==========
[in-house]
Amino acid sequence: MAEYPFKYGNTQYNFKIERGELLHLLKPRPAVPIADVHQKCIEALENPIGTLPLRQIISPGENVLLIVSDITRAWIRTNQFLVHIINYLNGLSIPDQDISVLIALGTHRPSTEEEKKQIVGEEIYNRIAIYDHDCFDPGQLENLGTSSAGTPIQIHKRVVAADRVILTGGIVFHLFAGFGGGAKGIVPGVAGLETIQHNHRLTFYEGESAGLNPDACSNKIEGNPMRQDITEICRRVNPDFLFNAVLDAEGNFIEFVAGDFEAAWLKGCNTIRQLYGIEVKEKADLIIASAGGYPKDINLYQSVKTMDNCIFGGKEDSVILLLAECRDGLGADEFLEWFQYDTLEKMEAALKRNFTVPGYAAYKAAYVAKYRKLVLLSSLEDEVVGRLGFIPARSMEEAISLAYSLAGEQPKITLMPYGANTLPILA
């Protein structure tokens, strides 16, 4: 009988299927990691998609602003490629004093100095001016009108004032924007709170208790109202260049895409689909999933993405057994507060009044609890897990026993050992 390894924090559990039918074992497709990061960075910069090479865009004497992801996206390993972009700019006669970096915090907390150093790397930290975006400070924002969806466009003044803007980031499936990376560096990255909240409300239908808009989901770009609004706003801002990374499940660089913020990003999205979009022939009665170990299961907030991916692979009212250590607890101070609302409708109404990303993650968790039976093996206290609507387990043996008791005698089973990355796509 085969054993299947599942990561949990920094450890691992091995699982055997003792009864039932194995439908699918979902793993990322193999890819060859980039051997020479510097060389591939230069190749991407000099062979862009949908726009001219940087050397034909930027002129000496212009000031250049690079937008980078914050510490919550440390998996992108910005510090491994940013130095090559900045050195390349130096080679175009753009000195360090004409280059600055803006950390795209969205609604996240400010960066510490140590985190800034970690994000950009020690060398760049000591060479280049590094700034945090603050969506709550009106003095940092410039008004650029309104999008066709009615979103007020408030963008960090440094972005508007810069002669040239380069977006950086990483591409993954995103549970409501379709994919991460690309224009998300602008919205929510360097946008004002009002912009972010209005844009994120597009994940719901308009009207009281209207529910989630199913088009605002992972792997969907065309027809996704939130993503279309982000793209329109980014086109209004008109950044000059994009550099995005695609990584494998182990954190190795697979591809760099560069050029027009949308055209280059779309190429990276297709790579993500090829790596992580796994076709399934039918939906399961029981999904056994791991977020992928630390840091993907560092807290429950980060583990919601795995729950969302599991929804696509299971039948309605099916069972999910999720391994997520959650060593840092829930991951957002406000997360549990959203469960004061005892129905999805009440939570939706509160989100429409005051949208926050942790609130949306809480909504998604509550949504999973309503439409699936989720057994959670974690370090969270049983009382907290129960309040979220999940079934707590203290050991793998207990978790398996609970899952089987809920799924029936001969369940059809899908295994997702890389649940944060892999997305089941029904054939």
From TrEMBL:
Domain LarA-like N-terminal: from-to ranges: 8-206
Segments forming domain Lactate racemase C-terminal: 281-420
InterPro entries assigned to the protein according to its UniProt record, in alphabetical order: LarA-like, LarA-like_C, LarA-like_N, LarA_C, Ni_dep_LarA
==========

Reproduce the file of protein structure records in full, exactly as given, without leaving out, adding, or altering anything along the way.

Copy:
[in-house]
Amino acid sequence: MAEYPFKYGNTQYNFKIERGELLHLLKPRPAVPIADVHQKCIEALENPIGTLPLRQIISPGENVLLIVSDITRAWIRTNQFLVHIINYLNGLSIPDQDISVLIALGTHRPSTEEEKKQIVGEEIYNRIAIYDHDCFDPGQLENLGTSSAGTPIQIHKRVVAADRVILTGGIVFHLFAGFGGGAKGIVPGVAGLETIQHNHRLTFYEGESAGLNPDACSNKIEGNPMRQDITEICRRVNPDFLFNAVLDAEGNFIEFVAGDFEAAWLKGCNTIRQLYGIEVKEKADLIIASAGGYPKDINLYQSVKTMDNCIFGGKEDSVILLLAECRDGLGADEFLEWFQYDTLEKMEAALKRNFTVPGYAAYKAAYVAKYRKLVLLSSLEDEVVGRLGFIPARSMEEAISLAYSLAGEQPKITLMPYGANTLPILA
């Protein structure tokens, strides 16, 4: 009988299927990691998609602003490629004093100095001016009108004032924007709170208790109202260049895409689909999933993405057994507060009044609890897990026993050992 390894924090559990039918074992497709990061960075910069090479865009004497992801996206390993972009700019006669970096915090907390150093790397930290975006400070924002969806466009003044803007980031499936990376560096990255909240409300239908808009989901770009609004706003801002990374499940660089913020990003999205979009022939009665170990299961907030991916692979009212250590607890101070609302409708109404990303993650968790039976093996206290609507387990043996008791005698089973990355796509 085969054993299947599942990561949990920094450890691992091995699982055997003792009864039932194995439908699918979902793993990322193999890819060859980039051997020479510097060389591939230069190749991407000099062979862009949908726009001219940087050397034909930027002129000496212009000031250049690079937008980078914050510490919550440390998996992108910005510090491994940013130095090559900045050195390349130096080679175009753009000195360090004409280059600055803006950390795209969205609604996240400010960066510490140590985190800034970690994000950009020690060398760049000591060479280049590094700034945090603050969506709550009106003095940092410039008004650029309104999008066709009615979103007020408030963008960090440094972005508007810069002669040239380069977006950086990483591409993954995103549970409501379709994919991460690309224009998300602008919205929510360097946008004002009002912009972010209005844009994120597009994940719901308009009207009281209207529910989630199913088009605002992972792997969907065309027809996704939130993503279309982000793209329109980014086109209004008109950044000059994009550099995005695609990584494998182990954190190795697979591809760099560069050029027009949308055209280059779309190429990276297709790579993500090829790596992580796994076709399934039918939906399961029981999904056994791991977020992928630390840091993907560092807290429950980060583990919601795995729950969302599991929804696509299971039948309605099916069972999910999720391994997520959650060593840092829930991951957002406000997360549990959203469960004061005892129905999805009440939570939706509160989100429409005051949208926050942790609130949306809480909504998604509550949504999973309503439409699936989720057994959670974690370090969270049983009382907290129960309040979220999940079934707590203290050991793998207990978790398996609970899952089987809920799924029936001969369940059809899908295994997702890389649940944060892999997305089941029904054939």
From TrEMBL:
Domain LarA-like N-terminal: from-to ranges: 8-206
Segments forming domain Lactate racemase C-terminal: 281-420
InterPro entries assigned to the protein according to its UniProt record, in alphabetical order: LarA-like, LarA-like_C, LarA-like_N, LarA_C, Ni_dep_LarA